STANHOPE BOROUGH, NJ --- John Anderson of Jersey Central Power and Light (JCP&L) attended the October 23 borough council meeting.

Anderson held a brief presentation on what JCP&L has been working on since Hurricane Irene struck last year with such strong force leaving thousands of people without power, and even killing dozens.

“I saw an article that says we are going to have a terrible storm Sunday night?” asked mayor Rosemarie Maio.

“Fifty thousand customers are served in the Northern [New Jersey] region,” stated Anderson. “The biggest issue I noticed last year was poor communication. I feel like a lot of people in my town we’re really let down because we couldn’t give a response in a timely fashion.”

Anderson explained n the new improvements JCP&L has for Hurricane Sandy, the upcoming storm that has already declared New Jersey with a State of Emergency, school closings, and evacuation precautions before it has even started.

“We group things by zip code,” said Anderson. “We programmed the site to only group by town now. This can be accessed 24/7 from a computer or Smartphone. You can go to the website and report an outage instantaneously in the system.”

All of the JCP&L trucks now have laptops in them, and the company is in the process of making sure every truck will have the same technology.

“The entire computer system should be completed by 2014,” stated Anderson, who then explained some brand new information.“We have gone strictly to an email system, also, the part that I am more pleased with is that we are out here. We are communicating with the municipalities and power company.”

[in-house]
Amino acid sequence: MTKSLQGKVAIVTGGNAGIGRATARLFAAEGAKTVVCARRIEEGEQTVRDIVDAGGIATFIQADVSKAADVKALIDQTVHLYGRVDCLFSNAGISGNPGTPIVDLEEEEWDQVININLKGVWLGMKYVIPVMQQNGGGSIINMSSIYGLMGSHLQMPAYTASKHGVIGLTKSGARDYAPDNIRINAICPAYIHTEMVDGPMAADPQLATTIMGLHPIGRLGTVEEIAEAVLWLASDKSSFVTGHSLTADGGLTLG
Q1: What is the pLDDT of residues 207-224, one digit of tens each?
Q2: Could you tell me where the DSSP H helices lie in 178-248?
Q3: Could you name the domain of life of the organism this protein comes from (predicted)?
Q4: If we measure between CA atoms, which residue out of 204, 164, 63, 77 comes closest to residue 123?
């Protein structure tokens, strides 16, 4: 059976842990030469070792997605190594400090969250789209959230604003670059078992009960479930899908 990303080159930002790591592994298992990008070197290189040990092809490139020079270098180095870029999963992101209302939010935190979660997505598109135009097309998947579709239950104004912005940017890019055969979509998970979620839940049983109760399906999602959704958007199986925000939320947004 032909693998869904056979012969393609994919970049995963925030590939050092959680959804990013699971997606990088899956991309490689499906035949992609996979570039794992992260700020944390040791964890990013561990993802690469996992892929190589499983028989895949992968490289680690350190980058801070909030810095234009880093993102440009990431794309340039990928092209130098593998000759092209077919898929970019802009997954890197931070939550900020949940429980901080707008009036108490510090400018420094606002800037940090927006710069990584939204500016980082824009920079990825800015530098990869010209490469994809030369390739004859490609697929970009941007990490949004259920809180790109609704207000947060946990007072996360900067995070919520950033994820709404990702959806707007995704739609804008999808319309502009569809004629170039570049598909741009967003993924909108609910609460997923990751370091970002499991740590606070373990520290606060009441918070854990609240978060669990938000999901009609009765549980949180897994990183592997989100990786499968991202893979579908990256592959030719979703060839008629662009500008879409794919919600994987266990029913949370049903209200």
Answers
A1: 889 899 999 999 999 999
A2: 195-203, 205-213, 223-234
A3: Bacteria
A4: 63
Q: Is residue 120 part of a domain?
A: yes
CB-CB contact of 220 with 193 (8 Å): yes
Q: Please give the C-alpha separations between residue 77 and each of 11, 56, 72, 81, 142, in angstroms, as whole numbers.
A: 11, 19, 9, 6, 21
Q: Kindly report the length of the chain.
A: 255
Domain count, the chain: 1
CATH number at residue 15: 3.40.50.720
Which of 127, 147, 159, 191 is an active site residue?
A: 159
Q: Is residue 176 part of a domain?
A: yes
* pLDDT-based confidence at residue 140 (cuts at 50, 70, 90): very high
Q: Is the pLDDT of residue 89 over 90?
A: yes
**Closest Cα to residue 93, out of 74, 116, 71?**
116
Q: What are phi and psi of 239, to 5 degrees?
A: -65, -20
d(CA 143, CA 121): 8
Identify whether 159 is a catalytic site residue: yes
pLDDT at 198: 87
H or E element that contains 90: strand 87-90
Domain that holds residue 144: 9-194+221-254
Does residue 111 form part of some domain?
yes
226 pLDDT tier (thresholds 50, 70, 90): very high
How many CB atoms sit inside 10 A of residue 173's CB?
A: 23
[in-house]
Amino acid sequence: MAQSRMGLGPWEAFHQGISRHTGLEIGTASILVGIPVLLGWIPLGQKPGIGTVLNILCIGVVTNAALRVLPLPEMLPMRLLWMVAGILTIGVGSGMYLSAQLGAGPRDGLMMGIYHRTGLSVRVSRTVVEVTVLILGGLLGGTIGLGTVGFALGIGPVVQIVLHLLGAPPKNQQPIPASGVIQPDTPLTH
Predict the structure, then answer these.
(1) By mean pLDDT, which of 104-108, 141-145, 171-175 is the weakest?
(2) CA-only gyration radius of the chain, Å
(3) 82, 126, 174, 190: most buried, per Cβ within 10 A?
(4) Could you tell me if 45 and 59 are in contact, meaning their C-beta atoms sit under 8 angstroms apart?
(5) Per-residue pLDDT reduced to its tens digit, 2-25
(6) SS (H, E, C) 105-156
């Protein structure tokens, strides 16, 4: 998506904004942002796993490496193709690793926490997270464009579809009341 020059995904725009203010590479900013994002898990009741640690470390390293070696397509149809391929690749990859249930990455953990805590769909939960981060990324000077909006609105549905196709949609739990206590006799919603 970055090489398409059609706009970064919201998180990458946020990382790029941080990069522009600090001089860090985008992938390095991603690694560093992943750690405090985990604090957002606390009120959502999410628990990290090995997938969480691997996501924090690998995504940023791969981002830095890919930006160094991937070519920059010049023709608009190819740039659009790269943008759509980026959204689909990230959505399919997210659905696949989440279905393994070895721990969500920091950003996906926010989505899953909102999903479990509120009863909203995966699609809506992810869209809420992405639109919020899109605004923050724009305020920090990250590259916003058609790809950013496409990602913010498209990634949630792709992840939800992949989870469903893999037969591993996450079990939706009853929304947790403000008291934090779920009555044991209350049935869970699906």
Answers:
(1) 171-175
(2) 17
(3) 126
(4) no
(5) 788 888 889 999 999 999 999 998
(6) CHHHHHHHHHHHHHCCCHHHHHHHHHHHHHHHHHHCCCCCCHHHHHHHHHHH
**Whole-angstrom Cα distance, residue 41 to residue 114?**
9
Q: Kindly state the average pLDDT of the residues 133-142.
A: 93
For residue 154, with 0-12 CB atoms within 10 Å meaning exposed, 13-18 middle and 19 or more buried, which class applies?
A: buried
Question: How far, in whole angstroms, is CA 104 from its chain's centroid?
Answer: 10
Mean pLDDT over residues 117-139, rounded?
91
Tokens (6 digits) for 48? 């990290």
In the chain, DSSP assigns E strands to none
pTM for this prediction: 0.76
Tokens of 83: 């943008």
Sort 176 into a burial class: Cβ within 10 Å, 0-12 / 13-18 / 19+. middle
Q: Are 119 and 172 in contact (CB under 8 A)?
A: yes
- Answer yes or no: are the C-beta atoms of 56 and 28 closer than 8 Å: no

Anderson also explained the demographics of social media which JCP&L now uses by "liking" the company on Facebook and also, following it on its Twitter page.

“It is a meaning of communication and to cater to people,” said Anderson.

Councilwoman, Diana Kuncken was previously the Mayor during Hurricane Irene.

“The most frustrating thing about those conference calls was inaccurate information,” Kuncken said. “I’d be told one thing in the morning and by afternoon, it would change. It was very frustrating to find out exactly where the power was out.”

“My electricity was out for six and a half days last year,” councilman James Benson stated, “I got to know my wife a lot over that time,” he said joking with the council and public.

“Based on the training of the crew, they have different levels of training and dictates what they can do and cannot do,” explained Anderson, “Everyone was concerned from a safety perspective, it was difficult to track where every single crew was.”

Anderson’s biggest concern for Hurricane Sandy was, “I don’t want any of my town to feel like they have been left in the dark.”


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